The co-ordination of T cell function by Serine/threonine kinases
Citation:Finlay DK, Cantrell DA, The co-ordination of T cell function by Serine/threonine kinases, Cold Spring Harbour Perspectives in Biology, 3, 1, 2011
The Coordination of T-cell Function by Serine:Threonine Kinases.pdf (Published (publisher's copy) - Peer Reviewed) 471.3Kb
The function of T-lymphocytes during adaptive immune responses is directed by antigen receptors, costimulatory molecules, and cytokines. These extrinsic stimuli are coupled to a network of serine/threonine kinases that control the epigenetic, transcriptional, and meta- bolic programs that determine T-cell function. It is increasingly recognized that serine/thre- onine kinases, notably those that are controlled by lipid second messengers such as polyunsaturated diacylglycerols (DAG) and phosphatidylinositol-(3,4,5)-trisphosphate (PIP3), are at the core of T-cell signal transduction. In the present review the object will be to discuss some important examples of how pathways of serine/threonine phosphorylation control molecular functions of proteins and control protein localization to coordinate T-cell function in adaptive immune responses.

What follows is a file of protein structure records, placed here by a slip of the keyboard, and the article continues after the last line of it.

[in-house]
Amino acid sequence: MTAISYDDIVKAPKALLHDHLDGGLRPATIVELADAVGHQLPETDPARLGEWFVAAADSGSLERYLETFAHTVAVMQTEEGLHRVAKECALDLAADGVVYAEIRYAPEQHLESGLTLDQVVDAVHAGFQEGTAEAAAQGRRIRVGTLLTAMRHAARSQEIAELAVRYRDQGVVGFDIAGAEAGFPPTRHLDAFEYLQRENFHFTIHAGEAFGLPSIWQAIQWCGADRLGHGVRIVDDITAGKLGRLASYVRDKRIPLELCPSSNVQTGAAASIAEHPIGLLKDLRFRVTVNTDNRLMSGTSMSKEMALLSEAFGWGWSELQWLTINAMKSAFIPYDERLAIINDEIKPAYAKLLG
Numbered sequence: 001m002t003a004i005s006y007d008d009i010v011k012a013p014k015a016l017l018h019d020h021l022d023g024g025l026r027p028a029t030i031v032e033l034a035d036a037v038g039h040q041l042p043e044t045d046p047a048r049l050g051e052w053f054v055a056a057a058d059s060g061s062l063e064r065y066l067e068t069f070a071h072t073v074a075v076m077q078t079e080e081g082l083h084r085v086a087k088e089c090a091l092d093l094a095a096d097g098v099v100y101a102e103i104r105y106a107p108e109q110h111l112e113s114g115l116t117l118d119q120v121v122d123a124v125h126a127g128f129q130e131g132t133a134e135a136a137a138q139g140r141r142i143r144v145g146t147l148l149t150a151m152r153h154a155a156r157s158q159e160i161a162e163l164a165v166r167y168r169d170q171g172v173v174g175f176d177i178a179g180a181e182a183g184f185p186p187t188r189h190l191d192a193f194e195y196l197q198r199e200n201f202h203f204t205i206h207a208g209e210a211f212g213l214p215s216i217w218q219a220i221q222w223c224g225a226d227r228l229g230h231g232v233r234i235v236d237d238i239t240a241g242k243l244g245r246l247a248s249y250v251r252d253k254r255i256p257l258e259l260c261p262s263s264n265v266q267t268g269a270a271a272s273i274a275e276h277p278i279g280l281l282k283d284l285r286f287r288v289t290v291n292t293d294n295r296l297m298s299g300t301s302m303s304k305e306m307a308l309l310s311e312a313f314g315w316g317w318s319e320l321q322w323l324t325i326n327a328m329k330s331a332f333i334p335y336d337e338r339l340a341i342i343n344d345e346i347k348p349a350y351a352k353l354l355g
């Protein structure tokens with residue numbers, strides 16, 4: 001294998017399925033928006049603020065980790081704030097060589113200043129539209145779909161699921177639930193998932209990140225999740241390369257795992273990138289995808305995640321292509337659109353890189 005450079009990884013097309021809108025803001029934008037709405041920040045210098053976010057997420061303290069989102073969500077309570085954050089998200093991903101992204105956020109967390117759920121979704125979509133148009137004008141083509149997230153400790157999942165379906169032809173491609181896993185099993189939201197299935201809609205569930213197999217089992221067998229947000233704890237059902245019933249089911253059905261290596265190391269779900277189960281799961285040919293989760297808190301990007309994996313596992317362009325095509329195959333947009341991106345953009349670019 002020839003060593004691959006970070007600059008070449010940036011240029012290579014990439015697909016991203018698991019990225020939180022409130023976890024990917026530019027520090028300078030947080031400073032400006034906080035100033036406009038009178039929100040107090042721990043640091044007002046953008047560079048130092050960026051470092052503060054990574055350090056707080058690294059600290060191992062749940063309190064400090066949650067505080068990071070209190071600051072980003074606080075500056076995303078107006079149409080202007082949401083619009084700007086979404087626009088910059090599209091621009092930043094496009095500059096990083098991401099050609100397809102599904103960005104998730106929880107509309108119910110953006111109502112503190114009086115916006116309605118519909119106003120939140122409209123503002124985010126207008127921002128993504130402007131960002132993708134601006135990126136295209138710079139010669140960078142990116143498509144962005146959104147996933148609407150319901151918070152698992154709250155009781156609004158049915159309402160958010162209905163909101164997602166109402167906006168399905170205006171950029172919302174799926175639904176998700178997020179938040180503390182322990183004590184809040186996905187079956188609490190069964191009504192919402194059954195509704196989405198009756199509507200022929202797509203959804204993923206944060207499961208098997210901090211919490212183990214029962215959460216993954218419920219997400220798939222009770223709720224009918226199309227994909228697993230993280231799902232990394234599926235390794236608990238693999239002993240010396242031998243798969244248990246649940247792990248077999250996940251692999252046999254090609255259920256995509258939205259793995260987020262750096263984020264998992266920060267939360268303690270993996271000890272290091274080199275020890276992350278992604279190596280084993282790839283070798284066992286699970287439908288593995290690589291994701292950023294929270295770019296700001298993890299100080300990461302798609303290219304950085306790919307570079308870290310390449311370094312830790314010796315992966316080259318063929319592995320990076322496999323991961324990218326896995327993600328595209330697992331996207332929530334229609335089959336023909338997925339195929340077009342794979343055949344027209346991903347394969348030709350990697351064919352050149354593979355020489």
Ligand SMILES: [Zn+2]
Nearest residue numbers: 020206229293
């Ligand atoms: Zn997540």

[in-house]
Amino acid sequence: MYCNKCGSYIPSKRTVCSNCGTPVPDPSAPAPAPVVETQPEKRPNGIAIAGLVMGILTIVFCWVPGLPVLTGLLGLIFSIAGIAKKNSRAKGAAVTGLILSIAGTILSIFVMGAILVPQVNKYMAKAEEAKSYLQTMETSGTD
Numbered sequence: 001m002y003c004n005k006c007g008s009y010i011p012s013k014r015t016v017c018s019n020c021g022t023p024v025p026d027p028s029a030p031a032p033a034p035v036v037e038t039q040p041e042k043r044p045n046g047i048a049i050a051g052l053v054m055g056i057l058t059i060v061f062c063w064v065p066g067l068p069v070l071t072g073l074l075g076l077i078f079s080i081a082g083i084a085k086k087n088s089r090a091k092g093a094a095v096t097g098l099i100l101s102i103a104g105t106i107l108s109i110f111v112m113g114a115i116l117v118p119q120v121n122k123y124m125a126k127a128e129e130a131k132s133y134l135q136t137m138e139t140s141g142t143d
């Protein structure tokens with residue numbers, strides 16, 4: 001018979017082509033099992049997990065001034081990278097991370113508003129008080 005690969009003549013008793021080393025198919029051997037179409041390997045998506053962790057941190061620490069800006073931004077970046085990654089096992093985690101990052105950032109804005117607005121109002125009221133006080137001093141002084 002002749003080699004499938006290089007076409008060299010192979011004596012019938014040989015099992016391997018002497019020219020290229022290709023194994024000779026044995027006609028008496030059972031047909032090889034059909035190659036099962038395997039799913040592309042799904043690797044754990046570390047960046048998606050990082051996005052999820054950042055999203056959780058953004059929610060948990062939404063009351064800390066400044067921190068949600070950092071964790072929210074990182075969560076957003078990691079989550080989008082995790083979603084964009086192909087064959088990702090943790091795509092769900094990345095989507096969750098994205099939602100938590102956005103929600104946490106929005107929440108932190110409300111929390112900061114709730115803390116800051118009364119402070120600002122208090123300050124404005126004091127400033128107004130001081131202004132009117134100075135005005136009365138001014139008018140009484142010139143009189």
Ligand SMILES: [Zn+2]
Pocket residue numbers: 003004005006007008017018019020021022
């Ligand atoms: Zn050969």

Author: Finlay, David
Series/Report no:Cold Spring Harbour Perspectives in Biology
Availability:Full text available
Subject (TCD):Immunology, Inflammation & Infection